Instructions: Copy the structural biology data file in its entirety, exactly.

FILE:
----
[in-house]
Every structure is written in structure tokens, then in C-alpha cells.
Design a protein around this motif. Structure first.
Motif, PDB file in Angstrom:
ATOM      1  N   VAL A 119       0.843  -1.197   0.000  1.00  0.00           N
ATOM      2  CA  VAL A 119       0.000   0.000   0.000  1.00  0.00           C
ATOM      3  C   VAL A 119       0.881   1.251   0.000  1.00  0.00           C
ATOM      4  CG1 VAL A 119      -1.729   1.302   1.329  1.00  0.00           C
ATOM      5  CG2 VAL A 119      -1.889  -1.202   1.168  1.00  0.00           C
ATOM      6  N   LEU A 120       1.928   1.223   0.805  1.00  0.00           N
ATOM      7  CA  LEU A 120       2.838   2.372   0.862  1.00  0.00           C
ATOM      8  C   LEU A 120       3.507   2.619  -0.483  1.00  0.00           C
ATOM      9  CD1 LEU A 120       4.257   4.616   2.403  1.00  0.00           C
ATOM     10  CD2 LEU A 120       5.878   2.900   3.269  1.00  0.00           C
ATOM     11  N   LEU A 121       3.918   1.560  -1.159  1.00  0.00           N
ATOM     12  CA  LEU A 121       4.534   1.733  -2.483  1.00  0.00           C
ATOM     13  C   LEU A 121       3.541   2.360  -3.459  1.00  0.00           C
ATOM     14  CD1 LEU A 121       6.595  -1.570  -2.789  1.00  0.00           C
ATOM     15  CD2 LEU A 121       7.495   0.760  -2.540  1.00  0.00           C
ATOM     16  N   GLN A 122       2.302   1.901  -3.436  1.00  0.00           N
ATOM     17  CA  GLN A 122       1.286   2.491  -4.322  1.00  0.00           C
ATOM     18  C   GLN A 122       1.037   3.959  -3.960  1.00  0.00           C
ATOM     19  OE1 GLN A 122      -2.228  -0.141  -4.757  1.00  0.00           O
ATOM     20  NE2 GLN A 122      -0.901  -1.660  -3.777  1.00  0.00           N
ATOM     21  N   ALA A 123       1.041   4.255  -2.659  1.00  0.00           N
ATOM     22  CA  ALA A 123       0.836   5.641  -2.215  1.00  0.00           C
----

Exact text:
[in-house]
Every structure is written in structure tokens, then in C-alpha cells.
Design a protein around this motif. Structure first.
Motif, PDB file in Angstrom:
ATOM      1  N   VAL A 119       0.843  -1.197   0.000  1.00  0.00           N
ATOM      2  CA  VAL A 119       0.000   0.000   0.000  1.00  0.00           C
ATOM      3  C   VAL A 119       0.881   1.251   0.000  1.00  0.00           C
ATOM      4  CG1 VAL A 119      -1.729   1.302   1.329  1.00  0.00           C
ATOM      5  CG2 VAL A 119      -1.889  -1.202   1.168  1.00  0.00           C
ATOM      6  N   LEU A 120       1.928   1.223   0.805  1.00  0.00           N
ATOM      7  CA  LEU A 120       2.838   2.372   0.862  1.00  0.00           C
ATOM      8  C   LEU A 120       3.507   2.619  -0.483  1.00  0.00           C
ATOM      9  CD1 LEU A 120       4.257   4.616   2.403  1.00  0.00           C
ATOM     10  CD2 LEU A 120       5.878   2.900   3.269  1.00  0.00           C
ATOM     11  N   LEU A 121       3.918   1.560  -1.159  1.00  0.00           N
ATOM     12  CA  LEU A 121       4.534   1.733  -2.483  1.00  0.00           C
ATOM     13  C   LEU A 121       3.541   2.360  -3.459  1.00  0.00           C
ATOM     14  CD1 LEU A 121       6.595  -1.570  -2.789  1.00  0.00           C
ATOM     15  CD2 LEU A 121       7.495   0.760  -2.540  1.00  0.00           C
ATOM     16  N   GLN A 122       2.302   1.901  -3.436  1.00  0.00           N
ATOM     17  CA  GLN A 122       1.286   2.491  -4.322  1.00  0.00           C
ATOM     18  C   GLN A 122       1.037   3.959  -3.960  1.00  0.00           C
ATOM     19  OE1 GLN A 122      -2.228  -0.141  -4.757  1.00  0.00           O
ATOM     20  NE2 GLN A 122      -0.901  -1.660  -3.777  1.00  0.00           N
ATOM     21  N   ALA A 123       1.041   4.255  -2.659  1.00  0.00           N
ATOM     22  CA  ALA A 123       0.836   5.641  -2.215  1.00  0.00           C